Quick exit

Join the Gidget Collective - BECOME A MONTHLY DONOR

Annabel's Story
No items found.

I’ve had 5 beautiful babies, but I will only get to see 4 of them grow up. My 4th child, Miles was stillborn in December 2018 after he was diagnosed with a rare brain haemorrhage in utero. The grief which followed was overwhelming and for some time I truly believed I’d never be happy again. Eventually, the fog began to lift, and I started learning how to live a life in which grief and joy sat side by side. I found ways to move forward with Miles in my heart and honour him as a cherished member of our family.

After losing Miles I wanted to share our story to help end the silence surrounding baby loss because with silence comes shame, yet there should be no feelings of shame attached to baby loss. If our experiences of miscarriage, IVF, TFMR, and stillbirth are kept in the shadows we will always feel as though they need to be hidden and spoken of only with those who’ve endured similar heartache.

I share my story in the hope that those who read it know that they’re not alone, that their grief is valid, and that they will make it out of the darkness. It may take some time but one day they’ll look back in amazement at just how far they’ve come.

When you lose a baby people often tell you that you’re brave. You’re brave for talking about your child, brave for sharing your story, you’re brave to face the world. I never felt brave in doing so, initially, I felt bereft and bewildered and spoke of Miles to make sure others knew he was real, that he had been born, that he was worth remembering. I was worried everyone would move on and forget about him.

What I think is brave and wonderful is when people include and mention babies who sadly couldn’t stay. It’s brave when people reach out to their friends who’ve lost babies even though they’re unsure of what to say or do. It’s brave to keep having uncomfortable conversations in the hope that one day they’ll no longer be uncomfortable. We need to talk about baby loss just as we need to continue talking about anxiety and depression.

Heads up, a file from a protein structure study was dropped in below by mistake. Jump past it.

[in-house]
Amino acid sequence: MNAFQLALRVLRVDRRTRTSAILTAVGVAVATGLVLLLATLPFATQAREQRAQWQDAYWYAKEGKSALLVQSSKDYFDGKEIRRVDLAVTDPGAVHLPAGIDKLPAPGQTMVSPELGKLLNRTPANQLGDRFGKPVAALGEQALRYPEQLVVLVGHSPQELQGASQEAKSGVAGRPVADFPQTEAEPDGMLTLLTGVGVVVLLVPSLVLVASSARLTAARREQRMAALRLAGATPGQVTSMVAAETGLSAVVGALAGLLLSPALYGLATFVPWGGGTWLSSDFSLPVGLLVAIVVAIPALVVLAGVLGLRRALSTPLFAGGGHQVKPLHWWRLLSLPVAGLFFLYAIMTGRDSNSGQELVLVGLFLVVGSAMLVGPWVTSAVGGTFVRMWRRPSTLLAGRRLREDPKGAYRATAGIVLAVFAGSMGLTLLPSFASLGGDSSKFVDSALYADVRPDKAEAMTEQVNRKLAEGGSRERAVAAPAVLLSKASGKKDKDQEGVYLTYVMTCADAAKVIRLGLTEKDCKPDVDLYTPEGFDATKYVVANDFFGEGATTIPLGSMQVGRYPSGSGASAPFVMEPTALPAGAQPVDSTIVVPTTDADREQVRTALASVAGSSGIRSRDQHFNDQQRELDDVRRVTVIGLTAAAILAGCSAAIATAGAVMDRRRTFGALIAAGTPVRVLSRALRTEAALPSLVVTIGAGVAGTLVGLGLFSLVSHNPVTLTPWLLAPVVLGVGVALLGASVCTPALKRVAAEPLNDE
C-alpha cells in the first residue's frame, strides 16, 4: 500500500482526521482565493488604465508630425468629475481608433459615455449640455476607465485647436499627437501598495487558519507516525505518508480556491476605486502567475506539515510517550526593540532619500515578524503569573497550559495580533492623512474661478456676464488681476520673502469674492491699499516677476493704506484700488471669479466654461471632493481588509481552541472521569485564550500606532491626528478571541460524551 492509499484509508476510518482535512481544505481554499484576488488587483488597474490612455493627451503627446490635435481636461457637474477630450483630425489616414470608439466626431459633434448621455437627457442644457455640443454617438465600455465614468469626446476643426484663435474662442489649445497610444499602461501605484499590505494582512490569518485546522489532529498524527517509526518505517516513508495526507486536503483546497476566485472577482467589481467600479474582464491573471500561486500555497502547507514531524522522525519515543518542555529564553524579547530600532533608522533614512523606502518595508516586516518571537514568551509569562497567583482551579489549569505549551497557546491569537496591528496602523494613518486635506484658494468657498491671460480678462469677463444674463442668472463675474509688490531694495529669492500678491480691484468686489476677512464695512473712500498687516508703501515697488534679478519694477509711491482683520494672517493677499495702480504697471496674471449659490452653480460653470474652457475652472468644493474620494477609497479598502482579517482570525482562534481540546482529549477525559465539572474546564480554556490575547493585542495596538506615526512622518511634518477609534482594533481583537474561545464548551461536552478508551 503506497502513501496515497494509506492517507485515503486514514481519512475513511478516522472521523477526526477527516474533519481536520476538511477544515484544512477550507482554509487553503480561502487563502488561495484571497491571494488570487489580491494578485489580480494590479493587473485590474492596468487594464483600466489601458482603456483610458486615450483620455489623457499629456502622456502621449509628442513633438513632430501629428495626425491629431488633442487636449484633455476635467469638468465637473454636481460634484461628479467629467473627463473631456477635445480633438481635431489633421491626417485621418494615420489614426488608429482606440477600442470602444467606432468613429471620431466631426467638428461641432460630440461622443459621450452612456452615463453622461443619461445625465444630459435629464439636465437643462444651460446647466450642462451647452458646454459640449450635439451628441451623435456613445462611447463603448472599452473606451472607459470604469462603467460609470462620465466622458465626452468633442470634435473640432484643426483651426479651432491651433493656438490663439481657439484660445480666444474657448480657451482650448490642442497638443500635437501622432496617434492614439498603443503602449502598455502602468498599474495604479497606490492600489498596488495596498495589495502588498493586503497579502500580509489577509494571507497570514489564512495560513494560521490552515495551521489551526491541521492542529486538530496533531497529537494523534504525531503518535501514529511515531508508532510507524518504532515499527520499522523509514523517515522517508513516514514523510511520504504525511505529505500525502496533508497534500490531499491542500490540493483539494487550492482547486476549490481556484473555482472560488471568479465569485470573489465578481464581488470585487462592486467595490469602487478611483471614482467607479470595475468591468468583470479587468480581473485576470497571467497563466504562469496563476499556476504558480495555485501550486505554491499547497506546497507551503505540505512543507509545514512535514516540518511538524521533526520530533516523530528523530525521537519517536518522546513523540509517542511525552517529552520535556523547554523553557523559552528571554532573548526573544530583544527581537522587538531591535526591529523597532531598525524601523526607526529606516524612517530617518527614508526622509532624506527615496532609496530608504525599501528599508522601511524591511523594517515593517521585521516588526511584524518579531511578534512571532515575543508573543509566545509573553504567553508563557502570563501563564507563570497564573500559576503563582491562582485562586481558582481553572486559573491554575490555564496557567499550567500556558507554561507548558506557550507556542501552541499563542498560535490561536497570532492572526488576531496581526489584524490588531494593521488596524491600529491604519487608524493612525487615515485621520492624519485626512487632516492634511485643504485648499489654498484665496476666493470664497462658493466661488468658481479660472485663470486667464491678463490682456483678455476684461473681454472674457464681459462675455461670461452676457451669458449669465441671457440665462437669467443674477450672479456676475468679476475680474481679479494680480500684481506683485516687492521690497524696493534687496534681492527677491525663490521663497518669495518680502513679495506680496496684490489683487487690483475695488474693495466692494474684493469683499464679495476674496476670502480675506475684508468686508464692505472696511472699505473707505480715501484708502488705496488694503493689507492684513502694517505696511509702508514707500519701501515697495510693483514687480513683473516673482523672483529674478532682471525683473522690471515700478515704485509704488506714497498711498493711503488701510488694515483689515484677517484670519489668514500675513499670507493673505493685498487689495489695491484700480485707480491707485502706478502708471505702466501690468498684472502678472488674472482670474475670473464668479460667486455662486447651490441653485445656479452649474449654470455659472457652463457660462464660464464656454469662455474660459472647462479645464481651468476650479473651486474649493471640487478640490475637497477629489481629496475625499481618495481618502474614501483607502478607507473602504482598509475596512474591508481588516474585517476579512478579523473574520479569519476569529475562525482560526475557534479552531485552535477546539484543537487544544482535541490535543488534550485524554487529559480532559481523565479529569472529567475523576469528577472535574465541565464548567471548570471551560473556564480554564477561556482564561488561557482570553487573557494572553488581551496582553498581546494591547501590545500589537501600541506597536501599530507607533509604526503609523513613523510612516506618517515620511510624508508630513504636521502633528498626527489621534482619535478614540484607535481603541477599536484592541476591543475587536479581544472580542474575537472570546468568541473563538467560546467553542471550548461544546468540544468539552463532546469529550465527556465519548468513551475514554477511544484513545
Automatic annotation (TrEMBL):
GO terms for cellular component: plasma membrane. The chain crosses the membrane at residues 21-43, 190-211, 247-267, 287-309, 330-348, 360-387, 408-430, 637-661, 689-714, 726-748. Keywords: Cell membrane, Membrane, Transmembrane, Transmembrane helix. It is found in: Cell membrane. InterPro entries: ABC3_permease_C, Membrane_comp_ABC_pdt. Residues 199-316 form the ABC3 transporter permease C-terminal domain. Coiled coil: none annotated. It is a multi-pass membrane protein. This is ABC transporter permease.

In recent years thanks to the incredible work done by organisations such as Gidget Foundation Australia the topic of perinatal depression and anxiety has come out of the shadows making it easier for us to share our stories, seek help and receive vital support. My 3rd pregnancy was high risk due to severe fetal growth restriction. I grappled with crippling anxiety which was amplified after my daughter Bonnie arrived. She was born premature and spent her first 4 weeks in the neonatal intensive care unit and special care unit. With the support of a wonderful GP, I was able to manage my anxiety, I dread to think how much it would have spiraled if I didn’t have this support.

I also found managing my anxiety when I fell pregnant with my youngest Tom, after losing Miles to be a huge challenge. I was constantly worried and found talking about my fears with other mothers who’d also experienced pregnancy after loss to be hugely beneficial. It was incredibly hard to share in others’ excitement of my impending arrival when I was terrified that tragedy would strike again. Whilst pregnant with Tom I also began writing a book, Miles Apart to give comfort and solidarity to other families who’ve lost a baby.

Miles Apart is the book I wished I’d had on my bedside table after Miles died. My goal is to make it available to families across Australia leaving hospitals and healthcare clinics with broken hearts and empty arms. The Miles Apart Foundation has been established to distribute donated copies of the book around Australia. Gidget Foundation Australia Clinicians have also been given copies of Miles Apart as a resource that they can pass onto their clients.

Baby loss can have an enormous and lifelong impact, we need to normalise how we talk about its emotional impact to help lift the taboo. Silence and shame add to the stigma which sadly remains, and my hope is that Miles Apart helps to open up much needed conversation whilst giving comfort and solidarity to grieving mothers.

Annabel's Story

Would you like to share your lived experience of PNDA?

Please submit your details below and we will be in touch soon.

Start Talking

Please leave your details and we will get back to you soon.